• Parent’s Guide: ACL Injuries

    What was an unheard-of injury in children in the 1970s is now a serious problem with today’s youth. To find out more we reached out to our own Dr. Sean Keyes for answers.

  • Genetically Modified Polio Vaccine May Extend Life of Brain Cancer Patients

    Researchers at the Duke University School of Medicine reported that 21 percent of those who received the treatment survived for 36 months. That compares with a survival rate of only 4 percent for a comparable group whose cancer was treated in other ways. Their study was published June 26 in the New England Journal of Medicine.

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    Dining with Diabetes: Recipes by John Rivers

    Recently, Chef John Rivers, demonstrated healthy cooking techniques and tips during a Dining with Diabetes event, hosted by the Florida Hospital Diabetes Institute. 

  • Sound Health: Protect Your Hearing From Loud Fireworks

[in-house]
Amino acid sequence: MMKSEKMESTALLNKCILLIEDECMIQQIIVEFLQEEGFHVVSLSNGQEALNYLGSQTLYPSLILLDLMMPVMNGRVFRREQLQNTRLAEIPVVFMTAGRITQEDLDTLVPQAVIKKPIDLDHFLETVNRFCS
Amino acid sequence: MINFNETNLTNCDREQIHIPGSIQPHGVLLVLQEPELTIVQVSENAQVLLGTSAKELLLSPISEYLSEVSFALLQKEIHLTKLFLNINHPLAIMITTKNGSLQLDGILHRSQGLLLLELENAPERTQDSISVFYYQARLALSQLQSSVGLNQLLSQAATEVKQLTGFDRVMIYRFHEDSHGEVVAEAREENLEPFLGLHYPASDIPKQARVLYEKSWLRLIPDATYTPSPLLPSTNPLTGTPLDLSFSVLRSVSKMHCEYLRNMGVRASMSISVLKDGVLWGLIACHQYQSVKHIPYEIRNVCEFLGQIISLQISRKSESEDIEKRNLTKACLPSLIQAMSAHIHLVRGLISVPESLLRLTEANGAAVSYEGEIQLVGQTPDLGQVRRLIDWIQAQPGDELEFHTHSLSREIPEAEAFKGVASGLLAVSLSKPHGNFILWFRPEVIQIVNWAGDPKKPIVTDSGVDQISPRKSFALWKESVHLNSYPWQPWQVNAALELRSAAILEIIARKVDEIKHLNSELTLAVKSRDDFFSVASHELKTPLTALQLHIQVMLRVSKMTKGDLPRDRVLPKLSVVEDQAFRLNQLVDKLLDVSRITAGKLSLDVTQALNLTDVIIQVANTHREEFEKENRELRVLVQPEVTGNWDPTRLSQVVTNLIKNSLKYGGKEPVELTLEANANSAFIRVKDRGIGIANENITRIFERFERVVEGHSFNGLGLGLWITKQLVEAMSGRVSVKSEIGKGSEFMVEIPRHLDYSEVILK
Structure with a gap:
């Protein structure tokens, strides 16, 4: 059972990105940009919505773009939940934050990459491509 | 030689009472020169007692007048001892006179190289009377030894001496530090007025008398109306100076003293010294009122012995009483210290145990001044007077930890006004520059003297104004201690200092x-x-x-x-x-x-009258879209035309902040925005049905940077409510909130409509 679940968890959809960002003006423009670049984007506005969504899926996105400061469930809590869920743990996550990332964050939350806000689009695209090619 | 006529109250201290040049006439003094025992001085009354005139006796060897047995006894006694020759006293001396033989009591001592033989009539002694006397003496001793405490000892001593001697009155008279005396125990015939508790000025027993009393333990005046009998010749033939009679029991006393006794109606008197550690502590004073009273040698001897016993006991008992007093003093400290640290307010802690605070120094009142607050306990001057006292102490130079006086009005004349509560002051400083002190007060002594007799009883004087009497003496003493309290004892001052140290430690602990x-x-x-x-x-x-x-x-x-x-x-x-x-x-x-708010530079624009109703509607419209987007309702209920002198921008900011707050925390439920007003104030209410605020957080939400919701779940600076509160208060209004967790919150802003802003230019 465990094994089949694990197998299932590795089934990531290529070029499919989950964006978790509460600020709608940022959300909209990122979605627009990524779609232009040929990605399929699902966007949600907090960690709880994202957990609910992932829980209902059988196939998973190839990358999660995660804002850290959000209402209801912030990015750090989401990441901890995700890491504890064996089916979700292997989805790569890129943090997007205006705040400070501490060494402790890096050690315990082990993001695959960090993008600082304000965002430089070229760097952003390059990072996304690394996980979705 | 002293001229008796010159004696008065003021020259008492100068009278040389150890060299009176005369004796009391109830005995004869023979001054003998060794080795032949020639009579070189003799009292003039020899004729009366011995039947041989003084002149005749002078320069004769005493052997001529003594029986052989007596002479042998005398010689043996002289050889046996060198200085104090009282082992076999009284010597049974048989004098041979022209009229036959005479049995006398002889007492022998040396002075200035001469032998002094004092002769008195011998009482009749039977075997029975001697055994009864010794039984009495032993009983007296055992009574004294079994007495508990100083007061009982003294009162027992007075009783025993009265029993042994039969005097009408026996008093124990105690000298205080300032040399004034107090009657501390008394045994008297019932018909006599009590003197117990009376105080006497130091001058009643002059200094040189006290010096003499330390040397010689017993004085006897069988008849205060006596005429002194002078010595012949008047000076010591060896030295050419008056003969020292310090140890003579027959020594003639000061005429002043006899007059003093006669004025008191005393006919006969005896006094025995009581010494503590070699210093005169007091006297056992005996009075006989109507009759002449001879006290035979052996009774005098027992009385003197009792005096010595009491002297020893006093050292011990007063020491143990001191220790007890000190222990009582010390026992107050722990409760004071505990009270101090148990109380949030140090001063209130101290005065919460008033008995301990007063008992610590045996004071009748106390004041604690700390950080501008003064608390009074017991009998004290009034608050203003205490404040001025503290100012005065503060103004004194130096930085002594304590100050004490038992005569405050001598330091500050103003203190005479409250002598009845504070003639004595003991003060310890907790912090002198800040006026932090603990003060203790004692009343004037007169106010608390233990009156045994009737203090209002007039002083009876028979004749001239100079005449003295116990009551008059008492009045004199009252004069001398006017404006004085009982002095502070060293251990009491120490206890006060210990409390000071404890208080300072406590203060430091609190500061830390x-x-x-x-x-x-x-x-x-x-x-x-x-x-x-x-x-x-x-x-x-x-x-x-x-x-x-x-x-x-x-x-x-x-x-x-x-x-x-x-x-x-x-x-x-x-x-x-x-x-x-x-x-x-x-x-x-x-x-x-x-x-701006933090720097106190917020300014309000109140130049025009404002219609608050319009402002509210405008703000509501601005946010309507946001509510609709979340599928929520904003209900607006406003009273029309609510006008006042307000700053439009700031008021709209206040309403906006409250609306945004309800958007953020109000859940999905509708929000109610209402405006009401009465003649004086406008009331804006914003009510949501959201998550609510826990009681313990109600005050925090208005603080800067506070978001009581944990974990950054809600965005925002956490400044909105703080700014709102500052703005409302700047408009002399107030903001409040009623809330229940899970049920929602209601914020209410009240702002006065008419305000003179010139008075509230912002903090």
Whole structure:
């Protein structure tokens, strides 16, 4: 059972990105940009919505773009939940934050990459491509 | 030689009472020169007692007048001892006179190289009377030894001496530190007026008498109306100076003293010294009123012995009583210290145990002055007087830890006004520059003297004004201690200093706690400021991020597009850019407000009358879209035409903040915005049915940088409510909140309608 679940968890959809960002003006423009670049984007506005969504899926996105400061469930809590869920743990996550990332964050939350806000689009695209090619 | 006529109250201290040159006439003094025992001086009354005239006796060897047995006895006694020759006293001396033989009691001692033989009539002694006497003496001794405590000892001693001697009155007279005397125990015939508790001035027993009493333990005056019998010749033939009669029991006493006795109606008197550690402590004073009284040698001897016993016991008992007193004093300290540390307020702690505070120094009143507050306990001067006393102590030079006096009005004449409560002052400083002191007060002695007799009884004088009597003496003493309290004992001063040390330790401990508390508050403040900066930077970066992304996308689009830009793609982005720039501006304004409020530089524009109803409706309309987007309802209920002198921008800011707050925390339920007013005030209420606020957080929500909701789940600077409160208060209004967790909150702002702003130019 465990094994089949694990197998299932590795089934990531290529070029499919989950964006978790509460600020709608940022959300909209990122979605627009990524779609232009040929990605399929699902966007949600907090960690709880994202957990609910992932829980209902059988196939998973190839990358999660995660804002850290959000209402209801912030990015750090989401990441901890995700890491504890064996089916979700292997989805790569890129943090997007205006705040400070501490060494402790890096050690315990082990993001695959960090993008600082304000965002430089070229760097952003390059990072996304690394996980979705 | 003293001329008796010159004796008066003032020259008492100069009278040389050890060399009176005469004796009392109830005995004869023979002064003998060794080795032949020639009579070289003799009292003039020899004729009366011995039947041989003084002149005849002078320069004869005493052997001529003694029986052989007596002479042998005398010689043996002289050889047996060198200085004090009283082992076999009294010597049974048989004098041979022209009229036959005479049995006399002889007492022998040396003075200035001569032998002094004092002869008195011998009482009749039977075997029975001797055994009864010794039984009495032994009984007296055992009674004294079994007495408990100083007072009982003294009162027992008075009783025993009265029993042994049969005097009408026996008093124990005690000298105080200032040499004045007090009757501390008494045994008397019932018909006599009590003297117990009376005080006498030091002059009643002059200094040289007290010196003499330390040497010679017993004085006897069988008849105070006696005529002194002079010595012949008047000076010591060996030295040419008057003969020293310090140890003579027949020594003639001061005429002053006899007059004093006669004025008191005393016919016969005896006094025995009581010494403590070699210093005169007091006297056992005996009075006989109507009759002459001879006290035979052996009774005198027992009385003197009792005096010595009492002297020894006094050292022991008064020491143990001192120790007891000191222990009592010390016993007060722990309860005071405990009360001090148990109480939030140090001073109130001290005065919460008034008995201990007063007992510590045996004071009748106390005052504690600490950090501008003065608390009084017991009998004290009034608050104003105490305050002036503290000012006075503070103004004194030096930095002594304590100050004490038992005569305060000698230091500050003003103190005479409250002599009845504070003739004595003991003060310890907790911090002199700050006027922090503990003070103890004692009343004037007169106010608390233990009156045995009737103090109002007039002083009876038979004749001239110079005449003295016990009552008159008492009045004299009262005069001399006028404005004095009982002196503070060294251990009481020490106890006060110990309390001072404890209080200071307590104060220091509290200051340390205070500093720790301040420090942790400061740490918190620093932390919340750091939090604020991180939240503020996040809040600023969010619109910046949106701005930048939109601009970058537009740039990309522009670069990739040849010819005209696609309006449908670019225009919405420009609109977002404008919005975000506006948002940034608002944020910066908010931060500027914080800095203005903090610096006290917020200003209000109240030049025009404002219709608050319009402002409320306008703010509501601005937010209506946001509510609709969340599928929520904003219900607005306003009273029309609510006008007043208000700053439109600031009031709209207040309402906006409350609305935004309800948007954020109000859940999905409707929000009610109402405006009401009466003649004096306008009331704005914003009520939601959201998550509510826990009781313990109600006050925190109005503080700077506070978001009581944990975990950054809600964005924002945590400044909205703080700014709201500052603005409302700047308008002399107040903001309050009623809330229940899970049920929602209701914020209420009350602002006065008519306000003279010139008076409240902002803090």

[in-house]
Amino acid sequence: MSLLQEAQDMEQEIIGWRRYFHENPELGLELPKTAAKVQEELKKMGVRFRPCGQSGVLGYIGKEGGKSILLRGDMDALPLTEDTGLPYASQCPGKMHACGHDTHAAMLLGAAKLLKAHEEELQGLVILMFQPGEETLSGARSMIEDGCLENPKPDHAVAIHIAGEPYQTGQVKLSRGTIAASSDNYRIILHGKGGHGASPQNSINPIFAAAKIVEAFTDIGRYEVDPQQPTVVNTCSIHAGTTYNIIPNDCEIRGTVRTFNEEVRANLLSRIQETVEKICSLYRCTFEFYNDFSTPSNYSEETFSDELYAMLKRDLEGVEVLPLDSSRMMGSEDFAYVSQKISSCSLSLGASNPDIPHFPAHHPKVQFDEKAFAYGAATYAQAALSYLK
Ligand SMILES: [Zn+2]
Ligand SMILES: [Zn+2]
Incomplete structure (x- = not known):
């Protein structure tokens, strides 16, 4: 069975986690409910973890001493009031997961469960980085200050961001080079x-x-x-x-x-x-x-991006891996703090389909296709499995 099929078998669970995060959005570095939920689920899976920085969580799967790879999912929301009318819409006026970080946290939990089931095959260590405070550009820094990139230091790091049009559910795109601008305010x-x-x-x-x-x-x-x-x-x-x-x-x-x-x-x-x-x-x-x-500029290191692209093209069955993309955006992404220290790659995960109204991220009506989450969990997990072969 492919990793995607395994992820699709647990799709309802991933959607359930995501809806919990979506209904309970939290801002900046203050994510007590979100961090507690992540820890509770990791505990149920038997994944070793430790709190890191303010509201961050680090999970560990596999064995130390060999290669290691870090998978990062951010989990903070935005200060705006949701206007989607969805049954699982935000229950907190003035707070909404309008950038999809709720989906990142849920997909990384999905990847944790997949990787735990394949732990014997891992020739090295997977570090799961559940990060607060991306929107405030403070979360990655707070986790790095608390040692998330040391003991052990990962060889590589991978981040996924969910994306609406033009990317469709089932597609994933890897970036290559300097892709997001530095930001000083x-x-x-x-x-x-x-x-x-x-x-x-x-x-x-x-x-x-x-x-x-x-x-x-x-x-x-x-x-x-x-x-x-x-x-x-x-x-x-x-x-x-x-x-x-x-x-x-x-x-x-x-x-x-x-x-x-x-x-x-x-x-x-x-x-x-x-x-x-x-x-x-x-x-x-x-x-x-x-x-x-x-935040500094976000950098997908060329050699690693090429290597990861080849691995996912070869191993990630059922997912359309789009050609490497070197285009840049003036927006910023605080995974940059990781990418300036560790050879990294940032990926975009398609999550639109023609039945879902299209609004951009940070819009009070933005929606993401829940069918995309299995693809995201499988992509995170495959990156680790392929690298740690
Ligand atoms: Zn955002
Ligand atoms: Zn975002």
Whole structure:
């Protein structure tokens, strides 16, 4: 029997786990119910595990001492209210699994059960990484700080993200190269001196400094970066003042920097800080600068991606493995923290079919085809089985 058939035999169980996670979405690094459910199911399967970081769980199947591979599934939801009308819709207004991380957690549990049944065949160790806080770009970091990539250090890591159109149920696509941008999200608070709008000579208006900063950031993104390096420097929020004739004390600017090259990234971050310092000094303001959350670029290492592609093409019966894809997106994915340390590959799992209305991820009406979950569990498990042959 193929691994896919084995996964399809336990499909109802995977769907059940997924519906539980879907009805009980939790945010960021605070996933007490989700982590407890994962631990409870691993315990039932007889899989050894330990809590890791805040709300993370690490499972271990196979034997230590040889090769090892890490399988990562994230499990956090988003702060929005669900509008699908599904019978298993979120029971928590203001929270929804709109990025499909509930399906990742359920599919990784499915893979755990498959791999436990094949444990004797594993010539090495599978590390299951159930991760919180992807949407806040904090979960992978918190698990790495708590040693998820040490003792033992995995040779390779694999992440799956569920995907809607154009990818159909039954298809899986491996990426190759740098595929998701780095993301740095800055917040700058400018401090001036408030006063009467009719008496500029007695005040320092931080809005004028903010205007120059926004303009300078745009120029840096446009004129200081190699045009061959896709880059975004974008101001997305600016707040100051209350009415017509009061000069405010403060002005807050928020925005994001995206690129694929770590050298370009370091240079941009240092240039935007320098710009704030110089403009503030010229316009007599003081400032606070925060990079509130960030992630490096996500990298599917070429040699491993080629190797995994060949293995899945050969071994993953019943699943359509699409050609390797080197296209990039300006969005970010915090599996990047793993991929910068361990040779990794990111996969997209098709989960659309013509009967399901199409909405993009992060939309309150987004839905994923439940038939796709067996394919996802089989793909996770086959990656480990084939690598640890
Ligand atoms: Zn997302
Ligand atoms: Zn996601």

Damage to hearing can come from multiple lifetime exposures as well as a one-time blast or extended exposure of up to eight hours. According to the Centers for Disease Control and Prevention, loud noise over 120 decibels can cause immediate harm to hearing.

  • Back to School: Teacher’s Edition

    Since you make enough lists during the year, we’ve compiled a top ten list of ways to take care of yourself and make the most out of summer for you. 

  • Prepare More, Worry Less This Hurricane Season

    But often, the best antidote for anxiety is preparation. So we’re sharing a few key hurricane prep guidelines to help you feel calm and confident about the season ahead.